Commodities, Copper, Features

Solidifying Mount Isa’s mining future

Mount Isa

With Glencore set to downsize Mount Isa in 2025, what is the way forward for the North West Minerals Province?

Glencore’s recent announcement that its Mount Isa copper operations and Lady Loretta zinc mine would close in 2025 sent shockwaves through the Queensland mining industry.

It signalled the end of two of Australia’s most iconic mining operations, which have supported the world with a sustainable supply of copper, lead, zinc and silver for up to 60 years.

In the wake of Glencore’s announcement, Queensland Premier Annastacia Palaszczuk announced a $50 million support package for the Mount Isa region and those affected by the impending closure.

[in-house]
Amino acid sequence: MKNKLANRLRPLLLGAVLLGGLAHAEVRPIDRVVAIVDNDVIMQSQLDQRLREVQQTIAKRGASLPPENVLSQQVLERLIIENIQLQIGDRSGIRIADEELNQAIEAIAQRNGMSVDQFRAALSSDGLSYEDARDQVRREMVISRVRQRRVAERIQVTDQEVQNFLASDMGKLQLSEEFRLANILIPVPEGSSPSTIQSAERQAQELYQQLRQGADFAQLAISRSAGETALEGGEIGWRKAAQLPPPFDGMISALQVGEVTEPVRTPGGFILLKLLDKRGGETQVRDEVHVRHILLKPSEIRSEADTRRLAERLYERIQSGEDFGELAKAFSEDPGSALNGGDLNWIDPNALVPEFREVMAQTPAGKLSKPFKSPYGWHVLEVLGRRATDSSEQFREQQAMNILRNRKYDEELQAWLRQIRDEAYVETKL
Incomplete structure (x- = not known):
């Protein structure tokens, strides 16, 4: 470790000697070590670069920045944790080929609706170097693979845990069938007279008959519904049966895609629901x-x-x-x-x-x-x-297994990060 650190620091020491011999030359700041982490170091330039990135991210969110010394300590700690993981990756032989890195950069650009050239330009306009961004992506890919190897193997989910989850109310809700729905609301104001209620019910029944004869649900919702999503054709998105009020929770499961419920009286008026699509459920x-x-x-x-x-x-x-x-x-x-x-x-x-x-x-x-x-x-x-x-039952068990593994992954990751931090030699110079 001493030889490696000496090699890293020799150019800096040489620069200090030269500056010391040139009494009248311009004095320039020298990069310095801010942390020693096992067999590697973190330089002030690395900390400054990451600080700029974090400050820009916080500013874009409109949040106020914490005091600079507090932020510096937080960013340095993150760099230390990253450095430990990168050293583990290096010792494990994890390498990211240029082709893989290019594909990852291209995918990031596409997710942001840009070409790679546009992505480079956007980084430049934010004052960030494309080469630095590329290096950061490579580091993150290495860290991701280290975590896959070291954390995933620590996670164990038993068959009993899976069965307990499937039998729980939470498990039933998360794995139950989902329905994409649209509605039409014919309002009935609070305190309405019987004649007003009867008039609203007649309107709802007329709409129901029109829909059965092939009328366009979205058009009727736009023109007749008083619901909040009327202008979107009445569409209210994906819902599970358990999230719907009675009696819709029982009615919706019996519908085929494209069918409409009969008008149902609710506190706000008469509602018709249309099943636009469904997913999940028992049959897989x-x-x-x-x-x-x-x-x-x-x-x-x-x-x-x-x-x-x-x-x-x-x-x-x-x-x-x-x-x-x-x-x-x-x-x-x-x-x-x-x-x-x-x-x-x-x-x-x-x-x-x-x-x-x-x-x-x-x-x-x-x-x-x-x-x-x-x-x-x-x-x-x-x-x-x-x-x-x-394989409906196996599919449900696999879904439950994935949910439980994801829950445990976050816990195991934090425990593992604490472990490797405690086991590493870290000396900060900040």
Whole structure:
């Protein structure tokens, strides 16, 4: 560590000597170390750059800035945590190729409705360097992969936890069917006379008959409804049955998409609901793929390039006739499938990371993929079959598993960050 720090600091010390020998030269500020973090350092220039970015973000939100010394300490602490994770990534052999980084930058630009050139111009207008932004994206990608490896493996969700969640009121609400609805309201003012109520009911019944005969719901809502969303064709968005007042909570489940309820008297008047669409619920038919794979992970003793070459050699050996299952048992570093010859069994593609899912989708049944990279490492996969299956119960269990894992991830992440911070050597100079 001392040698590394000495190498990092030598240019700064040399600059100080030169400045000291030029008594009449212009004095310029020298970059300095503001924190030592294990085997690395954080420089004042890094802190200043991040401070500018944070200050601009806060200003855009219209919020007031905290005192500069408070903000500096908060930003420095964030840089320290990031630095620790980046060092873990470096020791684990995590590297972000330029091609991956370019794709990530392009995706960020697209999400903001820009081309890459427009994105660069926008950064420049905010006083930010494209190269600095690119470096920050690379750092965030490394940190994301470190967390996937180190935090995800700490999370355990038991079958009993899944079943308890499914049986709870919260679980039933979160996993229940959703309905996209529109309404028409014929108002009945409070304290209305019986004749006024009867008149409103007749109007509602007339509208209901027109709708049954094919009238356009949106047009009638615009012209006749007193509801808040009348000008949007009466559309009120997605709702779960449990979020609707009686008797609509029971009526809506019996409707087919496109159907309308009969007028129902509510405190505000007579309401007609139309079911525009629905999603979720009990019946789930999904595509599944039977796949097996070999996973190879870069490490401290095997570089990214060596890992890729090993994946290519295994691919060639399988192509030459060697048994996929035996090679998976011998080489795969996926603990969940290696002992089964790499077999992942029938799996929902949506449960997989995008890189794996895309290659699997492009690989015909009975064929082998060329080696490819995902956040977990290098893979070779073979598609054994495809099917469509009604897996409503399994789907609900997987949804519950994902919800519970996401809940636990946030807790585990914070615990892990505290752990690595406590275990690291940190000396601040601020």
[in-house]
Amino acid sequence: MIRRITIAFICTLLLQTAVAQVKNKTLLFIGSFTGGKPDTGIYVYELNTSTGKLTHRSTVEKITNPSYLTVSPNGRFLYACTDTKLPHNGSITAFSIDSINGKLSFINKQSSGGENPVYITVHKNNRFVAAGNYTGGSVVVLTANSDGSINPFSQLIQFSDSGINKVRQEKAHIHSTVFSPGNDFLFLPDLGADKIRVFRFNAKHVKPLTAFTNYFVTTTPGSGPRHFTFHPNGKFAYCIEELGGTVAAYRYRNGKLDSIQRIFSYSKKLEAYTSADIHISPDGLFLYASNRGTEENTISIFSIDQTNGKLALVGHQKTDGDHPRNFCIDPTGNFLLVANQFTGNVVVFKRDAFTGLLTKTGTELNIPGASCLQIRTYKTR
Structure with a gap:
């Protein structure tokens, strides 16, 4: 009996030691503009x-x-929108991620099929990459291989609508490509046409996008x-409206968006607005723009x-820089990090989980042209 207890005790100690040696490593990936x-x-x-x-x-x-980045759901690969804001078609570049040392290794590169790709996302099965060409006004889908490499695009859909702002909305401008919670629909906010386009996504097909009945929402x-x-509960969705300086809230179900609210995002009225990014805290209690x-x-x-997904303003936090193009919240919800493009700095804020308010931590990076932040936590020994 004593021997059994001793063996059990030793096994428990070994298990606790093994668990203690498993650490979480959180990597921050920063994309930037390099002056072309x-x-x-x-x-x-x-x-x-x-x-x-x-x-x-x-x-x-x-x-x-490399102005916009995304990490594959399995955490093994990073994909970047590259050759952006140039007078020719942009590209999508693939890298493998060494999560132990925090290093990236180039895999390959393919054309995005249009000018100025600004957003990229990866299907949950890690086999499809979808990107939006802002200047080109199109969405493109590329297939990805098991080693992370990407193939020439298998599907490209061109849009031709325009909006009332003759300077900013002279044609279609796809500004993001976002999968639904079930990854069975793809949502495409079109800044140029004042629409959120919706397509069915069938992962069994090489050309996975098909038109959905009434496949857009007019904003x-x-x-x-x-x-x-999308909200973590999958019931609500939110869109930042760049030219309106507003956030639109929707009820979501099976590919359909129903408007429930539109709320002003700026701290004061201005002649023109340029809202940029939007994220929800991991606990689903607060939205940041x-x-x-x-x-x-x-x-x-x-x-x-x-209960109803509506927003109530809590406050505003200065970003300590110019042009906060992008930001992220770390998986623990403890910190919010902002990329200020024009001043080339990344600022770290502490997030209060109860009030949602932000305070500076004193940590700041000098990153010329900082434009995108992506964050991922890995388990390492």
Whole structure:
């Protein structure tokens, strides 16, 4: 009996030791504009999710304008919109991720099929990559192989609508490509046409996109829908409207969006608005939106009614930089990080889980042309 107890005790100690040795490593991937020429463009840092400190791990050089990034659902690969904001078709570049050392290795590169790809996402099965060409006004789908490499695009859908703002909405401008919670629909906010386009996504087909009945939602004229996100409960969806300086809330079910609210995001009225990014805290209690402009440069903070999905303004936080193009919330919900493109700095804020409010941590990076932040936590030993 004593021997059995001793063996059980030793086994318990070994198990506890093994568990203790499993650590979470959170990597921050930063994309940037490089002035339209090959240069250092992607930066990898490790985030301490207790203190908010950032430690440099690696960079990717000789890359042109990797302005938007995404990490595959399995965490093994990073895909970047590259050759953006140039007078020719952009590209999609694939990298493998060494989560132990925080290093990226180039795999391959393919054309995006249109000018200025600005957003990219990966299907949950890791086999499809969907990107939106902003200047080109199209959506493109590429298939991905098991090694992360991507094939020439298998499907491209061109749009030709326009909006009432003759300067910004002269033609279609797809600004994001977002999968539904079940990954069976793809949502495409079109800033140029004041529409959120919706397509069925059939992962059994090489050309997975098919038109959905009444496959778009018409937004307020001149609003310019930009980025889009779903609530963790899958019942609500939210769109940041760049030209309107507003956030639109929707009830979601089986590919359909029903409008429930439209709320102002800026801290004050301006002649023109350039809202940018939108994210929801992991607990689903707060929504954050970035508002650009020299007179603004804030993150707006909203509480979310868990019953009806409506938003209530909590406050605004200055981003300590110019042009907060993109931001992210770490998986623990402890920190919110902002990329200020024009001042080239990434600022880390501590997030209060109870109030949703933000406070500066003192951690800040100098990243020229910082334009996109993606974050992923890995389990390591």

This included up to $20 million, to be matched dollar-for-dollar by Glencore, for an economic structural adjustment package for Mount Isa and north-west Queensland.

The Queensland Government will also provide $30 million to support exploration in the North West Minerals Province across the next five years.

It is encouraging that the Queensland Government responded so quickly to Glencore’s announcement, but the way it allocates its resources is critical to ensuring Mount Isa and the nearly 1200 workers set to be affected by the closure receive the appropriate support.